Proponents of Wind Farm Trim Proposal for Horseshoe Shoal

By MANDY LOCKE

Cape Wind Associates erased 40 turbines from its wind farm site plans this week - freeing four square miles of Horseshoe Shoals previously staked by the private energy developer.

The announcement came Tuesday as Cape Wind officials sealed a deal with GE Wind Energy to manufacture the 130 turbines the developer now hopes to erect on 24 square miles of shallow water in Nantucket Sound.

"To be able to work with GE Wind Energy is very exciting. Cape Wind had the chance to buy American," said Mark Rodgers, communications director for Cape Wind.

A subsidiary of General Electric, GE Wind Energy will set up camp in Massachusetts if Cape Wind's offshore wind farm is granted permits by the United States Army Corps of Engineers. General Electric purchased turbine technology from energy giant Enron in 2002 - six months after the Texas-based company collapsed amid financial scandal.

Now based in California, GE Wind Energy is considering Quincy as a likely deep-water port to host the turbine manufacturer if plans proceed, Mr. Rodgers said. The new partners brag that a move to the Bay State would mean hundreds of jobs for state residents.

"Heretofore, large manufacturers of [wind turbines] are in Europe. Most people assumed we'd be buying European. The fact that there's an opportunity to buy American and employ regionally is quite exciting," Mr. Rodgers said.

But the announcement of relocating to a port town south of Boston brought murmurs of dissatisfaction from Cape and Island wind farm opponents - who question job opportunities for the residents they say will be most directly impacted by the wind farm.

"It doesn't strike me as very local. Cape and Island residents are still wondering what they will get. The project will dominate 24 square miles of the Sound and provide energy that will inevitably cost us more," said Isaac Rosen, executive director of the Alliance to Protect Nantucket Sound, a grassroots opposition group pushing for federal siting standards for private wind projects in public waters.

"It takes a lot of nerve for them to think we will accept this," he added.

Quincy, Mr. Rodgers explained, is equipped to host large barges, vessels that Cape harbors could not easily handle.

"Cape Cod is not set up for large manufacturers like this," Mr. Rodgers said, noting that the 50 employees who would be hired to run the proposed wind farm will be locally based.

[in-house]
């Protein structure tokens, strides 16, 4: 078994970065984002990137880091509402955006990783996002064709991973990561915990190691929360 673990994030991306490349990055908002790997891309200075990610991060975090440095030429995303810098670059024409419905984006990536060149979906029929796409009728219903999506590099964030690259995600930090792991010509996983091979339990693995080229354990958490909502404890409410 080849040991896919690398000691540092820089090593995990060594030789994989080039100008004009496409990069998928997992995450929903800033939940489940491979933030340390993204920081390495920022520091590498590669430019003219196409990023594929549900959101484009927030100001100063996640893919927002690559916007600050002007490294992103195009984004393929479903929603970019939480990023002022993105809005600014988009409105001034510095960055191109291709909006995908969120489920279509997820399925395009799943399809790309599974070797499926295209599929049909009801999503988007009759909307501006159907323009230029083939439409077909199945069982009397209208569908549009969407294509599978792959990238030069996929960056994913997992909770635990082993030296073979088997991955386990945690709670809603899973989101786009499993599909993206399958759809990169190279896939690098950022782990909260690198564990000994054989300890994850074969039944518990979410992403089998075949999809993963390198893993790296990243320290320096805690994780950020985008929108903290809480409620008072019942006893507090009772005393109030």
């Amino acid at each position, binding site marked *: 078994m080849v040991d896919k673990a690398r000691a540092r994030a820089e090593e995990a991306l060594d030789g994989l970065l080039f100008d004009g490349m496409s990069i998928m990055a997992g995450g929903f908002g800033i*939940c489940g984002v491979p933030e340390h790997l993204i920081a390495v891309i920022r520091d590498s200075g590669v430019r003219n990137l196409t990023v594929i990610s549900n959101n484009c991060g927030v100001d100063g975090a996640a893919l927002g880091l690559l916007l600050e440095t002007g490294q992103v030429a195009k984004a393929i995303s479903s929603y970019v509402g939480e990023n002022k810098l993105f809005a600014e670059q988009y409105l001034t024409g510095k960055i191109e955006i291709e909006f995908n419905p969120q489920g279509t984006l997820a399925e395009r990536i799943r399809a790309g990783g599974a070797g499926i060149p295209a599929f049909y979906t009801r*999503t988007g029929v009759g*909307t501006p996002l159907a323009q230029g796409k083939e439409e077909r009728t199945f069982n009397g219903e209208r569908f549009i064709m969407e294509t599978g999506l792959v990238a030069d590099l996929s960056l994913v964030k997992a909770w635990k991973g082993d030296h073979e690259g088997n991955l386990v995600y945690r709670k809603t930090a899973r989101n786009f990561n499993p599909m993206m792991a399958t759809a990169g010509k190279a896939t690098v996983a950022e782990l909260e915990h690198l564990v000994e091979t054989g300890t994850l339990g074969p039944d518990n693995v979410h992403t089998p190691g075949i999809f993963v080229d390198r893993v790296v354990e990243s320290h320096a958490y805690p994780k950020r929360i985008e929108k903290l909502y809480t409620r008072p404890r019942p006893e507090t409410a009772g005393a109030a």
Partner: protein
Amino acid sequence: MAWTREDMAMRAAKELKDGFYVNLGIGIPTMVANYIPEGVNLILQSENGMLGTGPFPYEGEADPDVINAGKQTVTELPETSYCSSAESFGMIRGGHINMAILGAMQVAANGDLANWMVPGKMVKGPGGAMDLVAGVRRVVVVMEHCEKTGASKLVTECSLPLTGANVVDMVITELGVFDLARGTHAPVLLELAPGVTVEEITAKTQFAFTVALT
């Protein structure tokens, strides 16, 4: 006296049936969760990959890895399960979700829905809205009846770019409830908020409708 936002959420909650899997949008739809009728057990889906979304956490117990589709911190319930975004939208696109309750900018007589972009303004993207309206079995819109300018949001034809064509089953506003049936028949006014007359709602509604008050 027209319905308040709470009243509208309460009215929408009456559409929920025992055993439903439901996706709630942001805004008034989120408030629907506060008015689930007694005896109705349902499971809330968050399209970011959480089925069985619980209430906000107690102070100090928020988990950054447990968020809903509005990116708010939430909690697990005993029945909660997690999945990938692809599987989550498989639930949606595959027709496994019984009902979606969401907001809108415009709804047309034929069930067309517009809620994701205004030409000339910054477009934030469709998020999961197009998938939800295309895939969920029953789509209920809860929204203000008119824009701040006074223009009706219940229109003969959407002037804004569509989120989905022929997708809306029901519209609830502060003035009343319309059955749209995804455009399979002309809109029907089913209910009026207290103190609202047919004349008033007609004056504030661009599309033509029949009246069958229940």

The reduction in the number of turbines, Cape Wind explained, comes with knowing exactly what type of technology the company will use.

"For us, the magic number has been 420 megawatts," Mr. Rodgers said, referring to the wind farm's projected energy output - levels they say will supply three-fourths of the Cape and Island's electric needs.

"If we built more turbines, it would be a waste. Transmission cables would only be able to transport 420 megawatts," he said, referring to two underground cables expected to run from the wind farm to the New England power grid by way of Yarmouth.

The reduction in the number of turbines and usage of Horseshoe Shoal did little to temper opposition to the wind farm proposal.

"We still have problems with wildlife and navigation. We still have a problem that every place along the shore is up for grabs by private developers," said Mr. Rosen.

"Maybe in the very near future, we'll have federal siting standards. They'll be able to put [wind farms] so far out that the sea turtles won't mind, birds won't mind and no one will see it," he added.

In other wind energy developments, New York-based Winergy LLC filed an application with the Army Corps to erect a 167-foot data tower in shallow waters seven miles southeast of Nantucket.

Winergy - a major player in the offshore wind farm scene - had offered only a glimpse of their proposed plans for any of the 22 sites they've informally staked along the East Coast. An application filed with the Army Corps in August was incomplete.

Winergy's potential site on Nantucket Shoal is known for unpredictable weather and water conditions.

The Army Corps' first look at the Nantucket Shoal wind farm proposal last August involved a proposal for 231 turbines, though project principals this week suggested the final plan may be much smaller than originally proposed.

Winergy also announced plans in recent months to construct wind farms in three other sites off the coast of Massachusetts - off Provincetown, off Falmouth in Buzzard's Bay and in Essex Bay off Cape Anne.